Pandemic Effect on Divorce Rates

June 15 2021 | Committees

A common question that I get from colleagues that do not practice Family Law and lay people alike is whether the COVID-19 pandemic has caused a dramatic effect on the number of spouses filing for divorce. There has been a profligacy of newspaper articles on this issue leading to these questions with titles ranging from “Why Divorces Could Spike After COVID-19”, “Broken marriages becoming pandemic's other toll” and the amusing “First Comes the Pandemic Divorce, Then the ‘Tits Out’ Summer” via Vanity Fair. The popular thought is that for spouses whose marriages were already on the rocks, the advent of the pandemic and initial periods of lock-down – forcing the spouses to spend an enormous amount of time together without a break – must have hastened the end of the marriages. But is this true?

I have struggled to answer that question due to a number of factors. Are we busy due to the number of new divorces or because the court system has slowed to an extraordinary pace due to closure, restrictions, and postponements? Are there more new divorces being filed, or have child custody and support issues in existing cases that have been exacerbated by the unique effects of the pandemic caused this change?

When I went to see if any research had been performed on this issue, I learned, surprisingly, that the data so far points to divorce rates going down, not up, since the pandemic started. Researchers at the National Center for Family and Marriage Research at Bowling Green State University reviewed data from five states (Arizona, Florida, Missouri, New Hampshire, and Oregon) that report monthly data and found that there was a shortfall of between 21.6 percent (in Missouri) to 36.4 percent (in New Hampshire), amounting to approximately 16,000 fewer divorces over the period than the number expected. If the data in these states is indicative of a national trend, then there may have been more that 190,000 fewer divorces in 2020 versus 2019. This is a significant number and may have an outsized effect on our profession if these statistics hold true for Louisiana.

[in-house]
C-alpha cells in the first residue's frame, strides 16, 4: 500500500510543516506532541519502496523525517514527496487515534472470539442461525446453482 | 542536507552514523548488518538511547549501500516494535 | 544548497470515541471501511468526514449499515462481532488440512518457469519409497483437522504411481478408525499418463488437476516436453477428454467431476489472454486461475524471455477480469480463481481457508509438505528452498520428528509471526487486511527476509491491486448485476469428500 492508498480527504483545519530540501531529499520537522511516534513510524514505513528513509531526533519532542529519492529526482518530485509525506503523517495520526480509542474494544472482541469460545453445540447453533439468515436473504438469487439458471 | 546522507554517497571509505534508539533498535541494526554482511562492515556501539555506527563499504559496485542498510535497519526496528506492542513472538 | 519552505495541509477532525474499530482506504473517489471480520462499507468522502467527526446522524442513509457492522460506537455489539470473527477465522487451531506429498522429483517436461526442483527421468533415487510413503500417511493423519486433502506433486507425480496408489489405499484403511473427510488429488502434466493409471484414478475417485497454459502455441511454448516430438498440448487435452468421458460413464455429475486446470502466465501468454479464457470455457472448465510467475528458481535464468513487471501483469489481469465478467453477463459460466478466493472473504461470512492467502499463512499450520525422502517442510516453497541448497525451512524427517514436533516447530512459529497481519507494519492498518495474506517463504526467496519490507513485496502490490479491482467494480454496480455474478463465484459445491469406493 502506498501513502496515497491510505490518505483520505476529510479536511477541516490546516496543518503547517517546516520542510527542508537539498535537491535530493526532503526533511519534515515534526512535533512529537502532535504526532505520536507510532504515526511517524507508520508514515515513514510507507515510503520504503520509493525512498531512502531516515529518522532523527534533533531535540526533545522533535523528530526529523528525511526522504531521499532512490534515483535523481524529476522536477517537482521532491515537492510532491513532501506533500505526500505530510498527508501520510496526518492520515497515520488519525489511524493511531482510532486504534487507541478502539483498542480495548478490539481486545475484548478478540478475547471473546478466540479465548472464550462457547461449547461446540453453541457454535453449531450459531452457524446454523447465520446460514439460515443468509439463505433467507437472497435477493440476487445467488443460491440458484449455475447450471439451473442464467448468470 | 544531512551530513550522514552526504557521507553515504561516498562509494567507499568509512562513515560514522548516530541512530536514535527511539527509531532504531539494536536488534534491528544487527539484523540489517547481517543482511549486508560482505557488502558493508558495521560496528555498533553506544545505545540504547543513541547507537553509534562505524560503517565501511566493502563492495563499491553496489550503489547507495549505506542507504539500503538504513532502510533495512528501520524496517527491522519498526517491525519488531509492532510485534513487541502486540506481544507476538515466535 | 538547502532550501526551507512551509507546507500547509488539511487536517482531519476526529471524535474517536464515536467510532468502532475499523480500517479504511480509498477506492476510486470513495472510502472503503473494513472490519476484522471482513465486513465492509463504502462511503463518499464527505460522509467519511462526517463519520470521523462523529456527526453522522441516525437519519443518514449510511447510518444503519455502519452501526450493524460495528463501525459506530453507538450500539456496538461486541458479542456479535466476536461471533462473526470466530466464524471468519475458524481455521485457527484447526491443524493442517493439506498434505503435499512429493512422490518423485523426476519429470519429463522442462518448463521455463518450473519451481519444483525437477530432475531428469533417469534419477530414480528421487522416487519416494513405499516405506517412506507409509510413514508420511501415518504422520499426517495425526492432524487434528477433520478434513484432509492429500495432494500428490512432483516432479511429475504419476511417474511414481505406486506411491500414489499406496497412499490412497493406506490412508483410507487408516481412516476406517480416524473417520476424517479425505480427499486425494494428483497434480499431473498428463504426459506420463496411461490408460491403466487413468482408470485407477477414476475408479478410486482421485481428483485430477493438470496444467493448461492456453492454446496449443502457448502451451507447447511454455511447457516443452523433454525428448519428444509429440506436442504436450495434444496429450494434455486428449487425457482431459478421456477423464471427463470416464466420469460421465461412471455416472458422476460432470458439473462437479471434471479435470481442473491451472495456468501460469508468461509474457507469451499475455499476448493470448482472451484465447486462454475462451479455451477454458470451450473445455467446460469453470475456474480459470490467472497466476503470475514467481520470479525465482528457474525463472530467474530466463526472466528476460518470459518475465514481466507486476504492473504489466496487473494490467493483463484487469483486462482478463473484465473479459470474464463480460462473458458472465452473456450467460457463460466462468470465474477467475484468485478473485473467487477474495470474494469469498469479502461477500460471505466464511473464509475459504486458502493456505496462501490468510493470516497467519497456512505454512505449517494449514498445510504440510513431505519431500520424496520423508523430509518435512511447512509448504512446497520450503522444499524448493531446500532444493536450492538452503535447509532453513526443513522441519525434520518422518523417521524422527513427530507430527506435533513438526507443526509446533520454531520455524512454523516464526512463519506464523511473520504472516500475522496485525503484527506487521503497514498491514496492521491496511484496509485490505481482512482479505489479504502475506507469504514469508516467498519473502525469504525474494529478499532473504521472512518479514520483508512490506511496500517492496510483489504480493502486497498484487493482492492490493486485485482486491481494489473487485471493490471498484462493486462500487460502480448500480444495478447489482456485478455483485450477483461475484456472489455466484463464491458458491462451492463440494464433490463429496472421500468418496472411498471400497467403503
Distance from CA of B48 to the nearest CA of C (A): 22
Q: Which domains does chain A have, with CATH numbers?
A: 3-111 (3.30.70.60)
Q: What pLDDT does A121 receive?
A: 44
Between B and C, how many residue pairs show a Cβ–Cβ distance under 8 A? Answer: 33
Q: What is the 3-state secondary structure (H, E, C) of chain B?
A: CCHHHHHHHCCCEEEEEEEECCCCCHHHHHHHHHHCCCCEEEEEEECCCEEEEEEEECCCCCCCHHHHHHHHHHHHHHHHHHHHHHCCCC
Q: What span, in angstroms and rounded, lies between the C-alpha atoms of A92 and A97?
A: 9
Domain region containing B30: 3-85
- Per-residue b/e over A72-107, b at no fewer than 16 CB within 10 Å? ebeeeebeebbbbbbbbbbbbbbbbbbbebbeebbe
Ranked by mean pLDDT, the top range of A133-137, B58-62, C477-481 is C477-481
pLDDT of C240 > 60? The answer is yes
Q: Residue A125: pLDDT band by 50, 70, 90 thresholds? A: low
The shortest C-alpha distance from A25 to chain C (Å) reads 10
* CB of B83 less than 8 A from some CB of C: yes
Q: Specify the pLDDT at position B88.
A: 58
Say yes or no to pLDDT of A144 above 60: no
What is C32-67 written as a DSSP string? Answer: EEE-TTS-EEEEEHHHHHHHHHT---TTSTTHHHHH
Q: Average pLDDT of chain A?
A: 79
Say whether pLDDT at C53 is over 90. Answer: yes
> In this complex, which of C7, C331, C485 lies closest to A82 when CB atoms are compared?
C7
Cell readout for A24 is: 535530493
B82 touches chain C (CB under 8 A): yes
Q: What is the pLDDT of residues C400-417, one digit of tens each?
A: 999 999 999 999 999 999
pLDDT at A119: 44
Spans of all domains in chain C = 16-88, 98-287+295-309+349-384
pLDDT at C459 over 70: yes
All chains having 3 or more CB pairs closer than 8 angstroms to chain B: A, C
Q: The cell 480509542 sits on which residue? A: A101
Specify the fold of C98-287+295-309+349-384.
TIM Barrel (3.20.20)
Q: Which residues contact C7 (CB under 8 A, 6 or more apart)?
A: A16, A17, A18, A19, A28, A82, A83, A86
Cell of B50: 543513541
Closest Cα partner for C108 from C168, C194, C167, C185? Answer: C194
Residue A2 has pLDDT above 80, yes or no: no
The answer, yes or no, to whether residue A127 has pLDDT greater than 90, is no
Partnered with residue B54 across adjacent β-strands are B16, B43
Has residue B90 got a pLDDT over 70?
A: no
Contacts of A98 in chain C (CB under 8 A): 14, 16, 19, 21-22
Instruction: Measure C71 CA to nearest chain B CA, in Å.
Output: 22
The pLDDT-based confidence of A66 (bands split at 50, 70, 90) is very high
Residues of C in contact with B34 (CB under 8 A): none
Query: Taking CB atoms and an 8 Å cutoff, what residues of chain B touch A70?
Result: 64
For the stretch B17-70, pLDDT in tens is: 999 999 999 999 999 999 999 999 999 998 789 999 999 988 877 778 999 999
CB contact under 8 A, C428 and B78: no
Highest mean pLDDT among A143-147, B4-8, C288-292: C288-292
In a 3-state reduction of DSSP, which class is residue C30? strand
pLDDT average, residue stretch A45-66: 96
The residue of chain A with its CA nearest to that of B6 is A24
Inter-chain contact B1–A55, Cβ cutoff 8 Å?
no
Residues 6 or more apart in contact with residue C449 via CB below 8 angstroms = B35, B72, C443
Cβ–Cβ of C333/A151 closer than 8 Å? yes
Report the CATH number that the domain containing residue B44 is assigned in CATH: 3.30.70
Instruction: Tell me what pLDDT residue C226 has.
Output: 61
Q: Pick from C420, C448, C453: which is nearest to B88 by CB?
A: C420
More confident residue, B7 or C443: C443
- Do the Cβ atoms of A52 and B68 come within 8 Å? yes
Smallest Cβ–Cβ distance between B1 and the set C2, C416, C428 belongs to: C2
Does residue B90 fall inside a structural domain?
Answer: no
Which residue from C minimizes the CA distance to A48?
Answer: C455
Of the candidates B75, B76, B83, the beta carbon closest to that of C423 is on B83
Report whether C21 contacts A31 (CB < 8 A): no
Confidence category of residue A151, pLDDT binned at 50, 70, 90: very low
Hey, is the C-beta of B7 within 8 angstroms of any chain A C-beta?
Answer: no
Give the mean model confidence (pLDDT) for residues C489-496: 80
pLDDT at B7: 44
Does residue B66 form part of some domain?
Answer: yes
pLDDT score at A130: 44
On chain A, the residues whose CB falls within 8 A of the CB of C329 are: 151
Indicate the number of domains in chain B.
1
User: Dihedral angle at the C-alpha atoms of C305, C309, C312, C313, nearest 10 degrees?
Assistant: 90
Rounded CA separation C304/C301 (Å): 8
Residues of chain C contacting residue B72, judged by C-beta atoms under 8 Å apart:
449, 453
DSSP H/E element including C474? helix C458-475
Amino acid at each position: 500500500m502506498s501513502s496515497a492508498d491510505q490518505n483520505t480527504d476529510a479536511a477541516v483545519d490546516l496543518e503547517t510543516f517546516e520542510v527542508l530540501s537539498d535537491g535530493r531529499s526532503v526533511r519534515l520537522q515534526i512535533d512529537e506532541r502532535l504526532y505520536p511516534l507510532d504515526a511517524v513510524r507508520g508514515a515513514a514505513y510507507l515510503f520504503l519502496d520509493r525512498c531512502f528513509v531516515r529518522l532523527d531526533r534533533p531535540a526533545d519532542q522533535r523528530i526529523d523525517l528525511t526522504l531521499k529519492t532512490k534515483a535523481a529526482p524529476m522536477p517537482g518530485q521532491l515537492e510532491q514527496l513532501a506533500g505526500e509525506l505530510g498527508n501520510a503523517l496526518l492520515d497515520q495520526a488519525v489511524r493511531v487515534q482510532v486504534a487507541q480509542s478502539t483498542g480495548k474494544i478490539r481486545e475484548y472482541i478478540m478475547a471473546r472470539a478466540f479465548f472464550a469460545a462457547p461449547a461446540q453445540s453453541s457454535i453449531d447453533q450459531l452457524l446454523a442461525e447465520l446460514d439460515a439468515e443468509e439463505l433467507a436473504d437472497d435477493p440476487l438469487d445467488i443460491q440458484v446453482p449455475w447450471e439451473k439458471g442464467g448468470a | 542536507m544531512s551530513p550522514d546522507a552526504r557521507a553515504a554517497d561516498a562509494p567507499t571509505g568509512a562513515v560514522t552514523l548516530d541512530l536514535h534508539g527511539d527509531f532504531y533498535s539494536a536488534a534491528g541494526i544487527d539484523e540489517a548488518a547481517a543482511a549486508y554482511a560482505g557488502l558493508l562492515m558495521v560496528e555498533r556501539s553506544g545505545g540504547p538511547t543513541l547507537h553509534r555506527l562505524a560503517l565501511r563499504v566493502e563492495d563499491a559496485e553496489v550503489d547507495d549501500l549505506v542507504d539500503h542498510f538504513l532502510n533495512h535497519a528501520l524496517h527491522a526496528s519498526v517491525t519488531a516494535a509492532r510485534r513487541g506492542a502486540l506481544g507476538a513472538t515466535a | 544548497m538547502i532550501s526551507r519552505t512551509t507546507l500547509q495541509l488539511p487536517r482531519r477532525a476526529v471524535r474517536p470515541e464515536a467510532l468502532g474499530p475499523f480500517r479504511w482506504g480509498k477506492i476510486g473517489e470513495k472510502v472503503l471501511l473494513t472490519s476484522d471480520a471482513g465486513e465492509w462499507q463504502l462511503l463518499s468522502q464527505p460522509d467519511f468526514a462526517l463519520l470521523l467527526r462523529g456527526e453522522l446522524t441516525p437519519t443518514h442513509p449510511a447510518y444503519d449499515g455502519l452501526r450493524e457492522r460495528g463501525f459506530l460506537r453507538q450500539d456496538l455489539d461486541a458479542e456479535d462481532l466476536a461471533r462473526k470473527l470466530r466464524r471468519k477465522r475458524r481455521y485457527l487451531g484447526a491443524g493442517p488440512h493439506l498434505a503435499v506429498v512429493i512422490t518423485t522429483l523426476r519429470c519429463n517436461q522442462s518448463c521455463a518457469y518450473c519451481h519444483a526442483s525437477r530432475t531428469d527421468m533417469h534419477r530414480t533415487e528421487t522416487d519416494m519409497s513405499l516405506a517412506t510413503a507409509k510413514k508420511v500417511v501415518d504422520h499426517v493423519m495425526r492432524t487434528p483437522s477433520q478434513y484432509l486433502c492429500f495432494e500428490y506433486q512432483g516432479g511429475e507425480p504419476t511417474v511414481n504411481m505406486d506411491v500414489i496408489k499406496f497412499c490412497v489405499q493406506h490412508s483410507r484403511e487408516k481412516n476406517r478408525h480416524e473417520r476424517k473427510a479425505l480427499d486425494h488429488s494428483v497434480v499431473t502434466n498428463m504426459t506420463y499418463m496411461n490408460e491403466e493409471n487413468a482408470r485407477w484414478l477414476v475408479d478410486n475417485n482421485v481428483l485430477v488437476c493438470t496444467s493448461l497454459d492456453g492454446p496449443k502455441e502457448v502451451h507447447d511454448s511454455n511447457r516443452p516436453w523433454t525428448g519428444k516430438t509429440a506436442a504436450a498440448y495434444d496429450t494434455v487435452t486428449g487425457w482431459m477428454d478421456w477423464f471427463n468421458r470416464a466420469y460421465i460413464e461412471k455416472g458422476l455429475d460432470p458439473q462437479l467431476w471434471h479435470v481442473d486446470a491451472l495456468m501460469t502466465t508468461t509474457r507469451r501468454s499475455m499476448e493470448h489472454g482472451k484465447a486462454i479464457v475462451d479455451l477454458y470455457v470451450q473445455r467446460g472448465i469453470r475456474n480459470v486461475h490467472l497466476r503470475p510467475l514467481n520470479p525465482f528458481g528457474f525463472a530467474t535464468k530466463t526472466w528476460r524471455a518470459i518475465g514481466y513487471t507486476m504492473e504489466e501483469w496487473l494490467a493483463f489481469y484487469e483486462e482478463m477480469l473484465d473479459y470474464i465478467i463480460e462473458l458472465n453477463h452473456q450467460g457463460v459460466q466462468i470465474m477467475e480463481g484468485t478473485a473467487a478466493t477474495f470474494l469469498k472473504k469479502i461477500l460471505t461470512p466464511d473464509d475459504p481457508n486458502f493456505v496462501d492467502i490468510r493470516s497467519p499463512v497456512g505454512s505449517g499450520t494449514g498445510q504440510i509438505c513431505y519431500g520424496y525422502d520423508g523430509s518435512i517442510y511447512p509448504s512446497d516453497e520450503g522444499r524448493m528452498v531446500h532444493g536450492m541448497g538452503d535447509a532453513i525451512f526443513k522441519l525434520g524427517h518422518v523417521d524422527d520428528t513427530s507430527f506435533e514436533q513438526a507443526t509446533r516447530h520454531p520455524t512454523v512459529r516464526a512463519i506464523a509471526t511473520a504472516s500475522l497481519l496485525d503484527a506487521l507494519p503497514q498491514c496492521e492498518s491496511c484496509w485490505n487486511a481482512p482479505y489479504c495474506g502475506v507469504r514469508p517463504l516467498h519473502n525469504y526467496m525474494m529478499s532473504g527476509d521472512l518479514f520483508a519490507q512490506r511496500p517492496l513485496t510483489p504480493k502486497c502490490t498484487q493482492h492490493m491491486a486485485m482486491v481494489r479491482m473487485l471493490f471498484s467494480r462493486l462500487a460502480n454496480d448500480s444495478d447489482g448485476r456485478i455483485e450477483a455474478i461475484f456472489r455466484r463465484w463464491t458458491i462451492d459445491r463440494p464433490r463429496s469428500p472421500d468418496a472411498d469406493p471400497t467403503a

Interestingly, the number of marriages also dropped precipitously during the pandemic period by a factor of 20%. The causation for this may be self-explanatory, as I know many couples that were forced to postpone marriage ceremonies due to COVID-19 restrictions on gatherings. However, it will be interesting to see if this number completely rebounds in the next year or if this will be a continuing trend.

The statistics may point to less divorces, but the dockets in Orleans, Jefferson and St. Tammany do not agree. From recent filings in all three jurisdictions, my partners and I have been getting dates three to four months in advance for the setting of simple rules. If new divorces rebound through the rest of 2021 compared to pre-pandemic levels, we could expect a further clogging of the dockets. The reality may be that we have less new divorces, but more work to do. Is the new normal? Only time will tell.

For further reading, the Bowling Green State University study can be found at the following link:


 Gordon Kuehl, Esq. 

Hoffman Nguyen Kuehl Family Law


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